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Happy Halloween from Disney and TCM

Once again I’m happy to be hosting an evening of vintage Disney features, shorts, and television episodes on Turner Classic Movies this Wednesday (Oct. 28) beginning at 8pm EST/5pm PST. Any opportunity to see goodies from the Disney vault is cause for celebration as far as I’m concerned. With Halloween in mind, the TCM lineup includes The Adventures of Ichabod and Mr. Toad(1949), the two-part animated feature comprised of the witty “The Wind in the Willows” and the spooky “Legend of Sleepy Hollow,” which used to scare the bejeezus out of me when I was a kid. One look at the Headless Horseman and you’ll understand. Then you’ll meet the original ghostbusters—Mickey Mouse, Donald Duck, and Goofy—in the 1937 short Lonesome Ghosts and encounter a creation that could only have come from the imagination of Tim Burton: Frankenweenie. This is the original 1984 live-action short subject, not the recent animated remake. (Burton was a recent graduate of the animation program at Cal Arts when he got the opportunity to make two short subjects at the studio, but after a change of regime, the people in charge didn’t know what to do with them!)

I was no longer a kid when the Disney studio made Escape to Witch Mountain in 1975, but youngsters of that generation have great fondness for this adaptation of Alexander Key’s novel, which stars Hollywood veterans Ray Milland and Eddie Albert as well as Kim Richards and Ike Eisenman.

From October of 1956 comes an episode of the Disneyland TV series calledThe Plausible Impossible, in which Walt Disney shows us some of the tricks of animation and explains its history as well. It’s one of my all-time favorite installments of the television program and the kind of show that inspired my lifelong interest in animated cartoons.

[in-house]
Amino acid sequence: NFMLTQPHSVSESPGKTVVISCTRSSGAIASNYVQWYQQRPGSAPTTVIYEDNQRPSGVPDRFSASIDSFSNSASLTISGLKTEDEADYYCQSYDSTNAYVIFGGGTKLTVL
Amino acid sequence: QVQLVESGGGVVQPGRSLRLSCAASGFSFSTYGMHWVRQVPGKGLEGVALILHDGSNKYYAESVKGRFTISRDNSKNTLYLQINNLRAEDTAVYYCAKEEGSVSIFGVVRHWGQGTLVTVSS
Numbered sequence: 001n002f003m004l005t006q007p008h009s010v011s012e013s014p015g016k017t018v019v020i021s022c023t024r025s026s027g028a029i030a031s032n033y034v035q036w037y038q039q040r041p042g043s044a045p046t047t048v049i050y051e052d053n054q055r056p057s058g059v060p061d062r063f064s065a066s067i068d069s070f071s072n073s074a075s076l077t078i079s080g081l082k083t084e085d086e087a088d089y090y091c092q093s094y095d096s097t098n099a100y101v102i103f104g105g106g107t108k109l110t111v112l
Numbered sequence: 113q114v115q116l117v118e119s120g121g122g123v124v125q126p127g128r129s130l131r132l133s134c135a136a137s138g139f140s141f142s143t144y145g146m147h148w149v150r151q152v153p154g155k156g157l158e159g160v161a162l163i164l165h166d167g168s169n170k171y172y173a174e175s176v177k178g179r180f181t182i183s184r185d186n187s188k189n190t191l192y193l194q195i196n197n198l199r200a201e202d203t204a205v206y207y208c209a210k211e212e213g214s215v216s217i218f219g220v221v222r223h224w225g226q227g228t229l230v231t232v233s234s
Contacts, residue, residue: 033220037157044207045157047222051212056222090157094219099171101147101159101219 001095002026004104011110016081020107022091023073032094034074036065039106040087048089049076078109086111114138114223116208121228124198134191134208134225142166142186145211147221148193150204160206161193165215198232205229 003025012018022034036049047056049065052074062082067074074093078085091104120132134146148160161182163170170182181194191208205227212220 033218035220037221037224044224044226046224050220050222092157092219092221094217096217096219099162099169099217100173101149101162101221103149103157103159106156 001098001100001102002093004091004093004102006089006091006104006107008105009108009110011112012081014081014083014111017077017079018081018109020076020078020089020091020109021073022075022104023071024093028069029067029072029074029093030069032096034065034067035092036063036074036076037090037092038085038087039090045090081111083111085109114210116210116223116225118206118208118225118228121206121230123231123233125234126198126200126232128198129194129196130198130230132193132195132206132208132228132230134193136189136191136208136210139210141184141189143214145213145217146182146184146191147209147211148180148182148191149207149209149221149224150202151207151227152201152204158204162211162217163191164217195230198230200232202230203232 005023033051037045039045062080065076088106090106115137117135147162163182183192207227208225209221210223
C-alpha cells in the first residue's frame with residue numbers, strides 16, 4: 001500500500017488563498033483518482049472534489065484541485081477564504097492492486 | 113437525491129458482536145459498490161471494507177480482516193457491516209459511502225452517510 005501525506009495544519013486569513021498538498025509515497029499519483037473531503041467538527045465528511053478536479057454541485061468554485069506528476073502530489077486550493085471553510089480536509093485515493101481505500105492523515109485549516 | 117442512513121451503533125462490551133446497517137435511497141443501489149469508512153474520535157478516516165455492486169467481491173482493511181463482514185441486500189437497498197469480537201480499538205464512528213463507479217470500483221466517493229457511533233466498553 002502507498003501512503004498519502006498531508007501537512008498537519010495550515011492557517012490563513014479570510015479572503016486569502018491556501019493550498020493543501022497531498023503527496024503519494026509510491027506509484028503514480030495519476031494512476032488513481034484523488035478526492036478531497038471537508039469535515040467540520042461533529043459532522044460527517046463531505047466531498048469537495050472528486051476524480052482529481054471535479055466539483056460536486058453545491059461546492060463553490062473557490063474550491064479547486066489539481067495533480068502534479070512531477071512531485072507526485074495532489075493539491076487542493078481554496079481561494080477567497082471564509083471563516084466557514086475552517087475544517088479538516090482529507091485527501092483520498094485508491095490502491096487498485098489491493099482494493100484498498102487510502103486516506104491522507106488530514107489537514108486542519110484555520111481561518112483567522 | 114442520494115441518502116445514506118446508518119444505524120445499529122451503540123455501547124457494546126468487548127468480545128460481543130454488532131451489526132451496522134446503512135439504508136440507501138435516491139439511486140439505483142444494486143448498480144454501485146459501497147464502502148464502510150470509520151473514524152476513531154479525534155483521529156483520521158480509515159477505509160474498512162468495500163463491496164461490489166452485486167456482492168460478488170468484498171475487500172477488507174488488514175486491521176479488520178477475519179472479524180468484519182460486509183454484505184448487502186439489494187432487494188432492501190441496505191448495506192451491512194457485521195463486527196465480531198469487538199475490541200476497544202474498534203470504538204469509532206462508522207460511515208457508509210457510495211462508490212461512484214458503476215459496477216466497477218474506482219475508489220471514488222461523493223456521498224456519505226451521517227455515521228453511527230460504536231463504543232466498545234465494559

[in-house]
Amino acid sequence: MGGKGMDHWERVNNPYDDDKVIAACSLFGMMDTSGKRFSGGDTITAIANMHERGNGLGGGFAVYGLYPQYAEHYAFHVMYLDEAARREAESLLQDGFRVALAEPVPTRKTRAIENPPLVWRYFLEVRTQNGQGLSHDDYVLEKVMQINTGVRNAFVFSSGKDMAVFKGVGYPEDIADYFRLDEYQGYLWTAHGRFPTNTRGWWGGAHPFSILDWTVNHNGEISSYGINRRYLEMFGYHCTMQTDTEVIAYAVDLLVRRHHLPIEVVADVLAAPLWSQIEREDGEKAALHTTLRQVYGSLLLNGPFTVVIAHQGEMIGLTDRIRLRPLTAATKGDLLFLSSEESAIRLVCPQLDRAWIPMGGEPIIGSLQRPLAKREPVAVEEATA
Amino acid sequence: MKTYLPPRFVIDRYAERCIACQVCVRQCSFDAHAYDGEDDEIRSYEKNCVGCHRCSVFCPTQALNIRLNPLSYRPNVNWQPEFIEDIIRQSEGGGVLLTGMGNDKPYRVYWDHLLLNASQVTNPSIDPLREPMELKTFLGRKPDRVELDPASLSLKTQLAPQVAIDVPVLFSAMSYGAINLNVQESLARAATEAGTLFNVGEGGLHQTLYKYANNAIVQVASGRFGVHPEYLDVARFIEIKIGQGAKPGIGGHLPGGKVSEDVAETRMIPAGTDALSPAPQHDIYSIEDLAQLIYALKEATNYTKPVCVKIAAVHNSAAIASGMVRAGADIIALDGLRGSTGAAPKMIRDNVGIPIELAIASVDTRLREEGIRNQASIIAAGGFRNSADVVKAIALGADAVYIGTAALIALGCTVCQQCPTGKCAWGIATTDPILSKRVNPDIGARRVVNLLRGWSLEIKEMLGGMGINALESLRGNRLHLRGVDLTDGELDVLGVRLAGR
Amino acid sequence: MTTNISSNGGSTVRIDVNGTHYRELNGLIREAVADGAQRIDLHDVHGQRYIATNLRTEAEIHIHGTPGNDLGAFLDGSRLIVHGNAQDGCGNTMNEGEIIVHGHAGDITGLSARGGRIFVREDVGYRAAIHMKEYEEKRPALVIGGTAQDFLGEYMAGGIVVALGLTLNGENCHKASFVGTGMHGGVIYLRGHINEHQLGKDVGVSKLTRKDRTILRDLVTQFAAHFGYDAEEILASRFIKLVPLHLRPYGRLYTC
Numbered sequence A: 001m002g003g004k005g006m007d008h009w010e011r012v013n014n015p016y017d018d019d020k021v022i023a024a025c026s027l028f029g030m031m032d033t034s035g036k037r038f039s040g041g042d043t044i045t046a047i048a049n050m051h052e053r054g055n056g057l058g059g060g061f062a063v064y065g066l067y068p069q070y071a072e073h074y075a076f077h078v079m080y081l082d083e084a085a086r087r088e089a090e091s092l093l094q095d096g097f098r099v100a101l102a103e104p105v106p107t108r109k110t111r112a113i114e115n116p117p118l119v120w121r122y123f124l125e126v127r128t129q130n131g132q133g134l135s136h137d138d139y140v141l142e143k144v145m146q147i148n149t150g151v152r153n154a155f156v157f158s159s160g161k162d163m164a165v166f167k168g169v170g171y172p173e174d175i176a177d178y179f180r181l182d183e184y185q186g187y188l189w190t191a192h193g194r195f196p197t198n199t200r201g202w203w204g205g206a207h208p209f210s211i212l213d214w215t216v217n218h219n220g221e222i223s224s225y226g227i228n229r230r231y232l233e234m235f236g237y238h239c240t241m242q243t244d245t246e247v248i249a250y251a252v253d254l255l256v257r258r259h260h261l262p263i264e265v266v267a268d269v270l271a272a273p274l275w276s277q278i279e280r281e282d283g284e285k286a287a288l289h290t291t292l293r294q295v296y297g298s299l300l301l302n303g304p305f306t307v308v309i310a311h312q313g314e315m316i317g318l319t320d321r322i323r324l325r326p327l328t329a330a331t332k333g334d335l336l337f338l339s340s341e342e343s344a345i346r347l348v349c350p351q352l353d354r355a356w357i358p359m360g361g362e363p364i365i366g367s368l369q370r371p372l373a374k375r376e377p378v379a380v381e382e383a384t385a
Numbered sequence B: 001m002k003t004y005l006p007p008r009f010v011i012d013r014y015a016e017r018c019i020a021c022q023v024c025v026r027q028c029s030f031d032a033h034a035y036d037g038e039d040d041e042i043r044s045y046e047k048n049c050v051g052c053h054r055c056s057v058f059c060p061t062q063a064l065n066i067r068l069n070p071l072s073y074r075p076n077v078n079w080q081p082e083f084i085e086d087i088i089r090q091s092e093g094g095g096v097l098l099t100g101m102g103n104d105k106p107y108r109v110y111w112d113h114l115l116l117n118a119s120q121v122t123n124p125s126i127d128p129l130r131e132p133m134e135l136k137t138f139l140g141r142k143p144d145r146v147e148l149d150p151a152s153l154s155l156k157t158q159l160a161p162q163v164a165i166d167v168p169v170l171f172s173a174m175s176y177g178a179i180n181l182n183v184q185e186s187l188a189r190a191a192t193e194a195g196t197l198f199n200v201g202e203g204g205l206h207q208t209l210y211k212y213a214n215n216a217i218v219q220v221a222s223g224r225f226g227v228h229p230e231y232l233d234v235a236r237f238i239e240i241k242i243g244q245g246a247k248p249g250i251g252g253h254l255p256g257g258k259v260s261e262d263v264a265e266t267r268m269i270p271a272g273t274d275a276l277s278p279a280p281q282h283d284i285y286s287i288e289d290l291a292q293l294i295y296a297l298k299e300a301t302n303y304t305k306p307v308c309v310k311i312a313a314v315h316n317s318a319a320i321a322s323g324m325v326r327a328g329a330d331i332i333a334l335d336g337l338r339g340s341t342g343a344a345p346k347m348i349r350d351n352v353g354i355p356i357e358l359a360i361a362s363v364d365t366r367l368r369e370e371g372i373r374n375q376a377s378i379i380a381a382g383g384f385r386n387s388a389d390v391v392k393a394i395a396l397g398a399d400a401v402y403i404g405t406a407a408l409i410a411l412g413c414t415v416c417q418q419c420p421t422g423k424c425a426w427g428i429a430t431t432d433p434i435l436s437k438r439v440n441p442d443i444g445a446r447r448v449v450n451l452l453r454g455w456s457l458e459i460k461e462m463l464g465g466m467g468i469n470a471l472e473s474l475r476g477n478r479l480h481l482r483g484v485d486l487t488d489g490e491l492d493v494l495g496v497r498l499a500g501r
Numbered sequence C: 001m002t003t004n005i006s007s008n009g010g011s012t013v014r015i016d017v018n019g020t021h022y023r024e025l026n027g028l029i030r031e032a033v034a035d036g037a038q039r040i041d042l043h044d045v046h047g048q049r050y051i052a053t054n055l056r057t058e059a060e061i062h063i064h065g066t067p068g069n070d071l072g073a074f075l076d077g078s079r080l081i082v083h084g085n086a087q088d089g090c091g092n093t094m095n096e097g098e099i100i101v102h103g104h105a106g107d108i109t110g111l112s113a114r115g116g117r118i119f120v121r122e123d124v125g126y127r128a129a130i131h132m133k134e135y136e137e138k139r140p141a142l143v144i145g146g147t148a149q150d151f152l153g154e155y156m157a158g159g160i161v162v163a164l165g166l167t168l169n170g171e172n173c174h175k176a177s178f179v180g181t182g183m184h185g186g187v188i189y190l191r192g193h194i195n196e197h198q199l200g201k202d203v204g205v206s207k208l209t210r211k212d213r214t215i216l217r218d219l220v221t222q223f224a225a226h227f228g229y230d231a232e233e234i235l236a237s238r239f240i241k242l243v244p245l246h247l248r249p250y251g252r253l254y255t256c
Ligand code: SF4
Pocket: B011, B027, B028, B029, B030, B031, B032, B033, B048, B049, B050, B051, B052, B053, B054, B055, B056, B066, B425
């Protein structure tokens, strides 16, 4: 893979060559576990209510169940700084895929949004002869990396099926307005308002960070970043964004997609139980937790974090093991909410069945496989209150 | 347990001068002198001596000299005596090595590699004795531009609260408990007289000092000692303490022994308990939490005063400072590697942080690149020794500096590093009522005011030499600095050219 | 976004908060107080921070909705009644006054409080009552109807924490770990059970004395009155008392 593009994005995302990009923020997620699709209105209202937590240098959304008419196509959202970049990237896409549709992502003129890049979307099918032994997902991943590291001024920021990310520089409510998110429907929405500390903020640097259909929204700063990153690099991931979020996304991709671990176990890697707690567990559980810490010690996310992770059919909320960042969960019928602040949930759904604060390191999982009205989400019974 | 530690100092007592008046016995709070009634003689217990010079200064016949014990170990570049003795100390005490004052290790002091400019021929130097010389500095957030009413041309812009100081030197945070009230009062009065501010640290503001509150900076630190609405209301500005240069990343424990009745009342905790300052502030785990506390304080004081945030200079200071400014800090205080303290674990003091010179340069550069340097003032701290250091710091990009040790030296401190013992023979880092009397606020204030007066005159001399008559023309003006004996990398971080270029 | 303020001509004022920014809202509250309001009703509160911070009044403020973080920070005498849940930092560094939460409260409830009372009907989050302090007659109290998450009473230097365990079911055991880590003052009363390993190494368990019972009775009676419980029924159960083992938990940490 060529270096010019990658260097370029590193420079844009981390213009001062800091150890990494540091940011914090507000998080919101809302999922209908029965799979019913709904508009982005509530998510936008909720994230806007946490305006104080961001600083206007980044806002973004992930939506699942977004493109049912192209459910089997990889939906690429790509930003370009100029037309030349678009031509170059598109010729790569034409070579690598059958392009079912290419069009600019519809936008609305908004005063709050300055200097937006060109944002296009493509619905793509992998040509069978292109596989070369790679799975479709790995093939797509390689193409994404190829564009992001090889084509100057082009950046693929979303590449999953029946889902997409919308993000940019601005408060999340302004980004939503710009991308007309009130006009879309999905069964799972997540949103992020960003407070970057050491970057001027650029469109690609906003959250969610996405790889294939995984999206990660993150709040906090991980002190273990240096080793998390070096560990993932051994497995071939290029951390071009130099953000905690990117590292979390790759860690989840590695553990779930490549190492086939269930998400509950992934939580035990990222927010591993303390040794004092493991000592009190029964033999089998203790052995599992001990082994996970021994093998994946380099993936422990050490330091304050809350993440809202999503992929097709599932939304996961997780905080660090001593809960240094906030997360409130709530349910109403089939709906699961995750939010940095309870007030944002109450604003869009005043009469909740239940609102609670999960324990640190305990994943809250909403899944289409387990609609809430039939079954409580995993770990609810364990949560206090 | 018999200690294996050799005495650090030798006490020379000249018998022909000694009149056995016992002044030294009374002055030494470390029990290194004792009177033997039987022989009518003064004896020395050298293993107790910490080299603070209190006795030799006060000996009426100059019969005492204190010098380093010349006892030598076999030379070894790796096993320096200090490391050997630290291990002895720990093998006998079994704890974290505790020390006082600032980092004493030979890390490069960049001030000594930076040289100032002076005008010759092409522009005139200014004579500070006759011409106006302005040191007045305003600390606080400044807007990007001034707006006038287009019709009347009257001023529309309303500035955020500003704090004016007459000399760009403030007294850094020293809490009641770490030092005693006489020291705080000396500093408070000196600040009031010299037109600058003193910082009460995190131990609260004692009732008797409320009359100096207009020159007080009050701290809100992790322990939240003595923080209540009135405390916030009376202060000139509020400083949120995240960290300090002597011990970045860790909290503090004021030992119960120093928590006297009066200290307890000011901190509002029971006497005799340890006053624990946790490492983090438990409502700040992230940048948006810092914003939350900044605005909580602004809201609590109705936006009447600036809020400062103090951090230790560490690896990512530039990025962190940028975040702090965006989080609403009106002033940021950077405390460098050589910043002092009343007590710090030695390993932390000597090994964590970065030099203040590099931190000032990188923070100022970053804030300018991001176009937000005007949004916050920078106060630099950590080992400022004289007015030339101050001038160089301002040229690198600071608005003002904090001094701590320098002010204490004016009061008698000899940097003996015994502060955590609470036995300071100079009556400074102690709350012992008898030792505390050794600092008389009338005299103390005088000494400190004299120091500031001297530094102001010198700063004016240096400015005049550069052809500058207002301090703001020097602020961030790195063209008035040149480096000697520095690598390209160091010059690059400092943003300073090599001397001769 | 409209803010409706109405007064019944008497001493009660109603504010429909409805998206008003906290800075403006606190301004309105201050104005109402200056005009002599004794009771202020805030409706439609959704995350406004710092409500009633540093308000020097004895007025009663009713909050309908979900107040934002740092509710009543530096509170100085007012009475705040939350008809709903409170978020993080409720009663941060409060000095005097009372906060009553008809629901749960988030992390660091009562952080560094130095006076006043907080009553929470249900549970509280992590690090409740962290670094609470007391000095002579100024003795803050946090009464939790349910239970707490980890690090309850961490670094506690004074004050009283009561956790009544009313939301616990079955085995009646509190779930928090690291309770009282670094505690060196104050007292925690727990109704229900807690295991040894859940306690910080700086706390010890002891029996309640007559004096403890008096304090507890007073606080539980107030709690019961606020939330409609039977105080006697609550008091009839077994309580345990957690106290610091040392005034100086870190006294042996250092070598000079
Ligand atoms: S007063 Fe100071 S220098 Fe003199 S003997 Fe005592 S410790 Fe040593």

There’s lots more, including three different cartoons featuring the Three Little Pigs, the groundbreaking mood piece The Old Mill (1937), and in the wee hours, some Disney product from the 1970s and ‘80s. There will be more Disney evenings to come, including a Christmas show in late December… so stay tuned.

Leonard Maltin is one of the world’s most respected film critics and historians. He is best known for his widely-used reference work Leonard Maltin’s Movie Guide and its companion volume Leonard Maltin’s Classic Movie Guide, now in its third edition, as well as his thirty-year run on television’s Entertainment Tonight. He teaches at the USC School of Cinematic Arts and appears regularly on Reelz Channel and Turner Classic Movies. His books include The 151 Best Movies You’ve Never Seen, Of Mice and Magic: A History of American Animated Cartoons, The Great Movie Comedians, The Disney Films, The Art of the Cinematographer, Movie Comedy Teams, The Great American Broadcast, and Leonard Maltin’s Movie Encyclopedia. He served two terms as President of the Los Angeles Film Critics Association, is a voting member of the National Film Registry, and was appointed by the Librarian of Congress to sit on the Board of Directors of the National Film Preservation Foundation. He hosted and co-produced the popular Walt Disney Treasures DVD series and has appeared on innumerable television programs and documentaries. He has been the recipient of awards from the American Society of Cinematographers, the Telluride Film Festival, Anthology Film Archives, and San Diego’s Comic-Con International. Perhaps the pinnacle of his career was his appearance in a now-classic episode of South Park. (Or was it Carmela consulting his Movie Guide on an episode of The Sopranos?) He holds court at leonardmaltin.com. Follow him on Twitter and Facebook; you can also listen to him on his weekly podcast: Maltin on Movies. — [Artwork by Drew Friedman]

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